A present from the past – my time capsule

Lena and I were cleaning out the garage yesterday when she came across something we had completely forgotten about:

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A time capsule! Prepared and hidden away by a much younger Daniel (whose handwriting is so similar to mine as to be almost indistinguishable). How it ended up in our garage in Alexandria rather than in the roof of young Daniel’s house is a story unto itself – stay tuned for that tale in a later blog post, maybe.

Anyway, it turned out that young Daniel had done an amazing job of sealing the time capsule. We had to bust out the can opener to get it open, removing the bottom of what was formerly a shortbread tin:

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Inside were all manner of treasures! What a discovery:

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In case it’s not obvious from the visual, an inventory:

  • a photo of young Daniel
  • a mother-of-pearl shell (so pretty)
  • a Remembrance Day poppy
  • one of my favourite marbles (I just loved shiny things, okay?)
  • some stamps
  • a term program from my local church youth group
  • the comics and front page of the newspaper from the date of the time capsule’s creation (31/12/2002, as it turned out)
  • some seeds from Cosmos Sensation flowers sealed in an old TAB ticket (Dad used to collect them to use as scrap notepaper)
  • a letter

The letter ran to two pages, and had some good things to say. No testable hypotheses about the future, sadly, but the whole package did yield some interesting insights, of which a couple were:

  1. My sense of humour was just about fully developed by the age of 12. I have a better grasp of irony now than I did then, but other than that present Daniel and past Daniel would find one another hilarious.
  2. I was unbelievably investment-minded, even then – thus the stamps. I haven’t looked up their market value yet, but I feel like past Daniel might be disappointed with how little they’ve appreciated in the intervening 12 years…
  3. I have no idea about botany whatsoever – I’ve optimistically planted the seeds, but could not tell you at all whether they’re likely to grow. Would love to hear any advice you have on this front, to save me from disappointment.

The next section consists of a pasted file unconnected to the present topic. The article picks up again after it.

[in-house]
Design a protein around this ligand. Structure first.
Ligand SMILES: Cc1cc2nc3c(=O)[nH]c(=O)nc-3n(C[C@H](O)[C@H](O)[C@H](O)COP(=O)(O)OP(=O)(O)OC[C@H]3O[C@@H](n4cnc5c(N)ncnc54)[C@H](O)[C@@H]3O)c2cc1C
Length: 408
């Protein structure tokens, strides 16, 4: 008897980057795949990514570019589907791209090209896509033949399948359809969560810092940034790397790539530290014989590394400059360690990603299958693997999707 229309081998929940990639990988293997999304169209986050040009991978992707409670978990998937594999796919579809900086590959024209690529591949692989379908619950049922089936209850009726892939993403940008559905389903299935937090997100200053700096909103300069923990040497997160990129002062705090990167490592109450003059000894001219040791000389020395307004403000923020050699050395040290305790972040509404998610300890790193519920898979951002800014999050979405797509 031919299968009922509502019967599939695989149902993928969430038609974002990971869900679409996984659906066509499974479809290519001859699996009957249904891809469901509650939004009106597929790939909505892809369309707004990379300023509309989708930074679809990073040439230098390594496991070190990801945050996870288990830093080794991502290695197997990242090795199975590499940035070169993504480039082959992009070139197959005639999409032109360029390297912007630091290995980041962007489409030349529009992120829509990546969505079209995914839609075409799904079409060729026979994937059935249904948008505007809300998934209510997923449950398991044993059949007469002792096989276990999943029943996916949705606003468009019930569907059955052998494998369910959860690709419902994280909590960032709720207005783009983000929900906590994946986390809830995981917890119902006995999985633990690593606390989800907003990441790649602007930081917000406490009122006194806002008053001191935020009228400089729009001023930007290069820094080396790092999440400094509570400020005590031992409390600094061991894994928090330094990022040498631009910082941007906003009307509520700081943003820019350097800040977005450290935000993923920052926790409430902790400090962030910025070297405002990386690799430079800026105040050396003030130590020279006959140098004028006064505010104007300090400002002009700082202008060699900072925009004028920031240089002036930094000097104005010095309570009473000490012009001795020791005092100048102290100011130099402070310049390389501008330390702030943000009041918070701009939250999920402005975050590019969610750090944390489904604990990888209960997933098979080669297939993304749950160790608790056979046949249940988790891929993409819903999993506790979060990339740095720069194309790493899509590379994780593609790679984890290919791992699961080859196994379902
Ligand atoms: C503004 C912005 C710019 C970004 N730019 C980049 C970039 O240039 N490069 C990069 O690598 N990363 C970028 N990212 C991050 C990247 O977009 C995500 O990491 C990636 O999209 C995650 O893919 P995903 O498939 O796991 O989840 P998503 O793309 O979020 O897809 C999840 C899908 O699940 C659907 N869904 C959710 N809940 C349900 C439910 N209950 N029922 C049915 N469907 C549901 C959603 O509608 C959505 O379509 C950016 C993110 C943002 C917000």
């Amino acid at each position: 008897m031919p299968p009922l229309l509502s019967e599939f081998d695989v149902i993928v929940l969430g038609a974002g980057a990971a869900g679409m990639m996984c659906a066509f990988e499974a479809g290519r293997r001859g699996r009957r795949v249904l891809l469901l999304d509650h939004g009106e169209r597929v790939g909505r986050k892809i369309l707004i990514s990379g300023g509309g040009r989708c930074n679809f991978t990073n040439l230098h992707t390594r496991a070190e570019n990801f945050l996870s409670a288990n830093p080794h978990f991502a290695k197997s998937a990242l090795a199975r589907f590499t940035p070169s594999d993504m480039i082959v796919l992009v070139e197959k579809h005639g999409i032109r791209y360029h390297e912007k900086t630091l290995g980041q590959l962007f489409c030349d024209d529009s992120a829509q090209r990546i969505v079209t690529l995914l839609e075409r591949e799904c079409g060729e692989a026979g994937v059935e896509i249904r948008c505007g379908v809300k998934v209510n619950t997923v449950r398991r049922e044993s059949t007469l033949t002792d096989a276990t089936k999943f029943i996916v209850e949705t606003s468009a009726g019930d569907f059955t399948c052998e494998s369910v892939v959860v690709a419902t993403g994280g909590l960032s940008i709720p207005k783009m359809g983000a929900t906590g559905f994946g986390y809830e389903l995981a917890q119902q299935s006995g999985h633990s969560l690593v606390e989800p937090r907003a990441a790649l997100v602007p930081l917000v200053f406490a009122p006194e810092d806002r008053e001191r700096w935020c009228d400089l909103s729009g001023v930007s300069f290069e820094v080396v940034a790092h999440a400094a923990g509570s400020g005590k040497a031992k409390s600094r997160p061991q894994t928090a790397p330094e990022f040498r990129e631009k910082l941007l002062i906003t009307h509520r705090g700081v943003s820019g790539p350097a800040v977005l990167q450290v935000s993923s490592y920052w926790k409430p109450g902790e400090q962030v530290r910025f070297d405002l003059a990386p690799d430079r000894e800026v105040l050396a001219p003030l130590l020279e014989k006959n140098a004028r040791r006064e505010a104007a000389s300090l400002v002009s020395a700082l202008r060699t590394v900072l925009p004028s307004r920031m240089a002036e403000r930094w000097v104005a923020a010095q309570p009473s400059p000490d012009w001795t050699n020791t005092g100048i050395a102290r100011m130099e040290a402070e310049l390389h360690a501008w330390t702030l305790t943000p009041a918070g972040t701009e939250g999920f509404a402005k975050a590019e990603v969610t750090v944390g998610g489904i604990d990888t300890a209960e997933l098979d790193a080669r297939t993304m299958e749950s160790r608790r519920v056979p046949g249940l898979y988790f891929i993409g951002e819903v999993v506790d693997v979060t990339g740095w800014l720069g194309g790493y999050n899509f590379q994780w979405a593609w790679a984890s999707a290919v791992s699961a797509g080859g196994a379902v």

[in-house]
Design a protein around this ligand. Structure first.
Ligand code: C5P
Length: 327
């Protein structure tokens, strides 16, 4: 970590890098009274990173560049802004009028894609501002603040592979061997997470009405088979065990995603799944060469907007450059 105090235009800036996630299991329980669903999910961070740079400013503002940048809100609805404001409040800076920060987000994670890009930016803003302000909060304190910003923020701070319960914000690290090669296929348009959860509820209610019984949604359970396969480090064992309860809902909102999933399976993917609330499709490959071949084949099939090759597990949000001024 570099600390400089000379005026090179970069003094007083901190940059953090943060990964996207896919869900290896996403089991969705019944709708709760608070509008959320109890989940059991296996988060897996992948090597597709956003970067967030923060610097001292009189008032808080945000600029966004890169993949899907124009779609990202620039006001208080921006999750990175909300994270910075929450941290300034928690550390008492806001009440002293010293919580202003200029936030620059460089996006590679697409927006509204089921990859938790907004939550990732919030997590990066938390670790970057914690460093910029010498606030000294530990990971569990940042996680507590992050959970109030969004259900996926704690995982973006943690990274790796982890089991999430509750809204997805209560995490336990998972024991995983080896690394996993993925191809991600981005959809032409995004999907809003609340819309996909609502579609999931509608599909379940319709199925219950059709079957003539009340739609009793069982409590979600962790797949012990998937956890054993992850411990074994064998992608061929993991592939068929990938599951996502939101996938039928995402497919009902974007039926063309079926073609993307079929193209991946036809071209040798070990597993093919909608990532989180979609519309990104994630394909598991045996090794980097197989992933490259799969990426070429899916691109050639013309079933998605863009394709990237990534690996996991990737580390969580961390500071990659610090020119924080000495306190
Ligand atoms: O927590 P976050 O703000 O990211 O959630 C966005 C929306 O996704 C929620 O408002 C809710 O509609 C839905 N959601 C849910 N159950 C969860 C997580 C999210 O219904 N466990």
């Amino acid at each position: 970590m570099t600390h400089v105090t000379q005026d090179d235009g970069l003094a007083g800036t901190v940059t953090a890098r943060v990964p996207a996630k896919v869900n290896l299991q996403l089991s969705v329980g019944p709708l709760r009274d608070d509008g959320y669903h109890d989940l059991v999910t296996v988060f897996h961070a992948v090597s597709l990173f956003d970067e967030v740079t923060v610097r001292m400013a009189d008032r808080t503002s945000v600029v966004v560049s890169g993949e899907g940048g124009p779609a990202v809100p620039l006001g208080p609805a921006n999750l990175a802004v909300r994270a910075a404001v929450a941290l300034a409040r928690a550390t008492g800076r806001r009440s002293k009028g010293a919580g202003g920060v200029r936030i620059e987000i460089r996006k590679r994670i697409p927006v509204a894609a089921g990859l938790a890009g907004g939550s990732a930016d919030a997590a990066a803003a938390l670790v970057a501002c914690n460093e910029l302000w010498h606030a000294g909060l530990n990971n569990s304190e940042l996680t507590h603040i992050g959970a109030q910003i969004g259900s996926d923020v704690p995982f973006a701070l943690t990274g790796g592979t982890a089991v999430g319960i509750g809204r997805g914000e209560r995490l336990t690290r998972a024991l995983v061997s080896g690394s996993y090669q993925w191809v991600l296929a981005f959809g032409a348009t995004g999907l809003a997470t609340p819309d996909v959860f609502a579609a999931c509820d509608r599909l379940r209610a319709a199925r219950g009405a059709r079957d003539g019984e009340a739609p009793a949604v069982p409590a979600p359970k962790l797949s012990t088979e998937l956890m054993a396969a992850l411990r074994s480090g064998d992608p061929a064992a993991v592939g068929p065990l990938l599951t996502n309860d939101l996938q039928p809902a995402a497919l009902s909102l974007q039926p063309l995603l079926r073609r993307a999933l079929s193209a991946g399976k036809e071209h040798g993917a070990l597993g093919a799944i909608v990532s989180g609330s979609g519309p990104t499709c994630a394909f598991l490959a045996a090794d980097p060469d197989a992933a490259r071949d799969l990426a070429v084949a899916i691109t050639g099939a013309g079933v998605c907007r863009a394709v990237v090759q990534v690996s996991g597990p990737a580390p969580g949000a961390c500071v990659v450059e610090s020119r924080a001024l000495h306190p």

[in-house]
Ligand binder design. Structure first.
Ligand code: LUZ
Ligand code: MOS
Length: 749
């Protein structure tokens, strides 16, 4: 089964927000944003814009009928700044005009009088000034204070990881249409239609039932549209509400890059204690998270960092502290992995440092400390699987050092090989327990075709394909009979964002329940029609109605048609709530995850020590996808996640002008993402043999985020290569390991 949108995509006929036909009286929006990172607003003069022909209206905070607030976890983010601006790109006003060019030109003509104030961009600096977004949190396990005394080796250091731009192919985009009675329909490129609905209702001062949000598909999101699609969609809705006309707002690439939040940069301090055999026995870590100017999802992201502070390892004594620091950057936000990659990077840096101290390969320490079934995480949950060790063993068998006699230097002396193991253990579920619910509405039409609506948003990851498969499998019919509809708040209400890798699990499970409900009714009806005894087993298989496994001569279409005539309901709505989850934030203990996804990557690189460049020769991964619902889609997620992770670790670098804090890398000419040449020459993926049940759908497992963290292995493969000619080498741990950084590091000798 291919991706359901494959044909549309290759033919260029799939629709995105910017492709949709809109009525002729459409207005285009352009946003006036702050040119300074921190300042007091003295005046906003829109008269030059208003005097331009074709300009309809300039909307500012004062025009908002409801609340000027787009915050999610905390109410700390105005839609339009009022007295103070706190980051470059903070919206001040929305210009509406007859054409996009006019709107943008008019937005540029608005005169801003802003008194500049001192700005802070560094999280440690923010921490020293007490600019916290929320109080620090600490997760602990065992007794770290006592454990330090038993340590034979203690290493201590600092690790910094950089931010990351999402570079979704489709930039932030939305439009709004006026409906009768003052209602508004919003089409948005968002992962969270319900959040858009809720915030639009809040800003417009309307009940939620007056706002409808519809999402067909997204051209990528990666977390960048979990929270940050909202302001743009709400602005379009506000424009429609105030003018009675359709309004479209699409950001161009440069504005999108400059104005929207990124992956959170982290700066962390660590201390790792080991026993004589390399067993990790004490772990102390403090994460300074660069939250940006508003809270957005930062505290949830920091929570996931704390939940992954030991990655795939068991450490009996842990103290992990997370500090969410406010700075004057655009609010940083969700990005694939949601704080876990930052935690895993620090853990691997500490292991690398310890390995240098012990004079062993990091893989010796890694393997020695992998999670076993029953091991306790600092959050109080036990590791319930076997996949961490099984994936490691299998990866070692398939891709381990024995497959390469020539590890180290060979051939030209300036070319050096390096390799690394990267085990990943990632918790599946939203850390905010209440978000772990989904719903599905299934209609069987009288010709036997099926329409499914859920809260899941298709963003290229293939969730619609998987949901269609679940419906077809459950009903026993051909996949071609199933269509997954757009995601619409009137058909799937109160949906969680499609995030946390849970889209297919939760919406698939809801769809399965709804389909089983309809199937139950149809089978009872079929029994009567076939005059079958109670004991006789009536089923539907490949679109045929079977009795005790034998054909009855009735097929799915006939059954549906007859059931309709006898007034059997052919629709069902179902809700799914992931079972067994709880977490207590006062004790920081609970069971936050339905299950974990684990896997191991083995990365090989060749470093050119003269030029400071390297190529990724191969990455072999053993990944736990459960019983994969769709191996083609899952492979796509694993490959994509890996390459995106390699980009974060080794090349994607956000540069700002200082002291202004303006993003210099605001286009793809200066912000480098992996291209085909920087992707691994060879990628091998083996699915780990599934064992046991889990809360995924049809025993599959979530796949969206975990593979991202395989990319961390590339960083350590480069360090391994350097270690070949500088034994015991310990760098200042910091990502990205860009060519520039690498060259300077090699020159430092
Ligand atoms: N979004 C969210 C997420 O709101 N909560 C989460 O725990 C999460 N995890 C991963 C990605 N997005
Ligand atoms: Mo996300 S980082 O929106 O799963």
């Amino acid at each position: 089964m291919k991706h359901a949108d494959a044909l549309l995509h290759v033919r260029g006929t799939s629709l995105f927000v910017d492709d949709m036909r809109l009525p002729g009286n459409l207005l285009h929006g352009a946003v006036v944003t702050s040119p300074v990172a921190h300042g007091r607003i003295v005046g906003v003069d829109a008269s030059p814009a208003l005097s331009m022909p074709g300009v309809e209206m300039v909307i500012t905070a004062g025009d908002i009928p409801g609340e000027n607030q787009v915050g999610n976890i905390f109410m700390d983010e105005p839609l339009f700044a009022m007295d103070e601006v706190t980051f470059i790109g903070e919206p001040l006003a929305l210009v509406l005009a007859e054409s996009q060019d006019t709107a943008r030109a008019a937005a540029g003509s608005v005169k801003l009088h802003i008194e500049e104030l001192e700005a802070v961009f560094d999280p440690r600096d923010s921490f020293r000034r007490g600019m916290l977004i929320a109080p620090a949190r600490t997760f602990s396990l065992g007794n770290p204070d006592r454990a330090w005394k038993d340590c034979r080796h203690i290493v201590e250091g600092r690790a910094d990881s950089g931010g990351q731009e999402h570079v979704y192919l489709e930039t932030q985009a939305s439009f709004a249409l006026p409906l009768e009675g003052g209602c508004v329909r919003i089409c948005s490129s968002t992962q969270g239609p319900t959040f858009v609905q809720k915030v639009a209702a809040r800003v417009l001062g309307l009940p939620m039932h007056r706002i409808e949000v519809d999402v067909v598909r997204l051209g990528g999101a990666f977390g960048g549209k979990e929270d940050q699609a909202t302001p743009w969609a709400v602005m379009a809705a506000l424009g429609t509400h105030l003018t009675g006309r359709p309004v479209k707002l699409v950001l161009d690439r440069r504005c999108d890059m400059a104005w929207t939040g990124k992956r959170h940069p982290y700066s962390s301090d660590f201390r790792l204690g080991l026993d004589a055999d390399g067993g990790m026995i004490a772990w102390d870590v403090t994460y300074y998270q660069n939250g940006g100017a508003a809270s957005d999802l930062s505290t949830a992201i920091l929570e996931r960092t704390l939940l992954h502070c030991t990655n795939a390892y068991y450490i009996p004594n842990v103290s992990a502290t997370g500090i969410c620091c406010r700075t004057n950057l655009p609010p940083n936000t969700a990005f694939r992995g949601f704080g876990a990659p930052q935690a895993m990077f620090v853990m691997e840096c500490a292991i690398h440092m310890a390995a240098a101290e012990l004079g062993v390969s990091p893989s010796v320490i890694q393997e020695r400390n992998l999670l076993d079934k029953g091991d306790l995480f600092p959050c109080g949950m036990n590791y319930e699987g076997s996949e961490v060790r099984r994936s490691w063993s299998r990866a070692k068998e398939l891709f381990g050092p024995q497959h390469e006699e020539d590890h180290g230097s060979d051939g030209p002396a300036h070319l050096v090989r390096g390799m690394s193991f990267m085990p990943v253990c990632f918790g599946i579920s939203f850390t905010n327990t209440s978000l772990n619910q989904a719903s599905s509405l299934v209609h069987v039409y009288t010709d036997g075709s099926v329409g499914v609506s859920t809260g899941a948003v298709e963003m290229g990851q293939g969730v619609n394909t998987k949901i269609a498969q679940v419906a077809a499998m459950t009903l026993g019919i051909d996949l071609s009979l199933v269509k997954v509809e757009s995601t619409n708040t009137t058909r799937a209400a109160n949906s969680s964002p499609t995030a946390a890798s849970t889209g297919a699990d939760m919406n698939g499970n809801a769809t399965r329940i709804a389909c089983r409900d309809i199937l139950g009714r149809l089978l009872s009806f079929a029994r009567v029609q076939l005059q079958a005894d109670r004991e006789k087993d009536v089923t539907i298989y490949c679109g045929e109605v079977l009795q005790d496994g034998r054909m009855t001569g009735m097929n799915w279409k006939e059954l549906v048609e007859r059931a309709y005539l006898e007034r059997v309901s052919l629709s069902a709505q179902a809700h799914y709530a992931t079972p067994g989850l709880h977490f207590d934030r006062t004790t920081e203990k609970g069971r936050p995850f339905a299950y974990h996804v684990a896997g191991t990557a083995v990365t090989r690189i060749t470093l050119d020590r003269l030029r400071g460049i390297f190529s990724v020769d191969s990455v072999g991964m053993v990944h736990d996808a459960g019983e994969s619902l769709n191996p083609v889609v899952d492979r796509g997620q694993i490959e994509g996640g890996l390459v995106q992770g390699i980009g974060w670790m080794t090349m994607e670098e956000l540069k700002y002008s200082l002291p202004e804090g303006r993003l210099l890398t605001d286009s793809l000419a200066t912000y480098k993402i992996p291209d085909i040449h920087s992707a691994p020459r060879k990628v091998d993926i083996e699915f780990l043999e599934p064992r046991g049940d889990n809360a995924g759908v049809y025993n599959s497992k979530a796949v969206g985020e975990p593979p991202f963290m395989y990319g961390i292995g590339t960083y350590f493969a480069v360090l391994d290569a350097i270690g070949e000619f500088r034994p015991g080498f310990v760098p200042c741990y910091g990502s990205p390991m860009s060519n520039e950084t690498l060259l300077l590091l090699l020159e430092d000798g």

Hope you liked taking that trip down memory lane with me and my time capsule. If you’d like to do something similar but don’t quite have the energy to make a physical time capsule, check out something like futureme – I highly recommend sending yourself a message in the future.

Three ways to optimise your language learning

Learning a second (or third!) language is a fantastic experience, and opens the door to a host of experiences you otherwise would have missed. But the learning process is both tough and time-consuming. So, unabashedly revelling in my economist nature, I’ve got three tips for you to optimise your language learning – saving you both time and effort.

  1. Doch indeedGrab yourself a frequency dictionary early on in the language learning process. As implied by the name, a frequency dictionary lists the most commonly used words in a language, enabling you to focus your attentions on increasing your vocabulary in ways that will quickly yield big dividends. Do note, however, that a frequency dictionary is not a substitute for a normal dictionary – you should definitely buy both.
  2. Speak the language you are learning. Find as many opportunities as you can – with a native speaker if possible. Meetup.com is the perfect place to look for fellow language learners, and universities often have casual conversation groups you can attend. One vital piece of advice, though: it’s not enough just to go to the group and listen to other people. You’ll start seeing big gains only when you step up and join in the conversations yourself. And yes, that means you are going to make mistakes – that’s an unavoidable part of the process. Plus, although those gaffs are slightly embarrassing at the time, they make for great stories later…
  3. Practice every day. It’s tempting, particularly for the time-poor among us, to think that putting in an hour of practice twice a week will be much better than doing 15 minutes per day. Unfortunately, two things work against this: diminishing returns, and human nature. Diminishing returns means that your ability to concentrate on language learning will decline after about 15-20 minutes – so it’s better to do a lot of short, separate practice sessions rather than one long stint. And humans like patterns and routine – it will be a lot easier to stick to a commitment to practice every single day rather than a more flexible schedule. To help me with this, I use an app called Streaks – it’s amazing what lengths you find yourself going to in order to avoid breaking your perfect run of days!

Hopefully those three points help take your language learning to a whole new level! If you liked this post, Lingholic also have a list of the best language self-study methods available.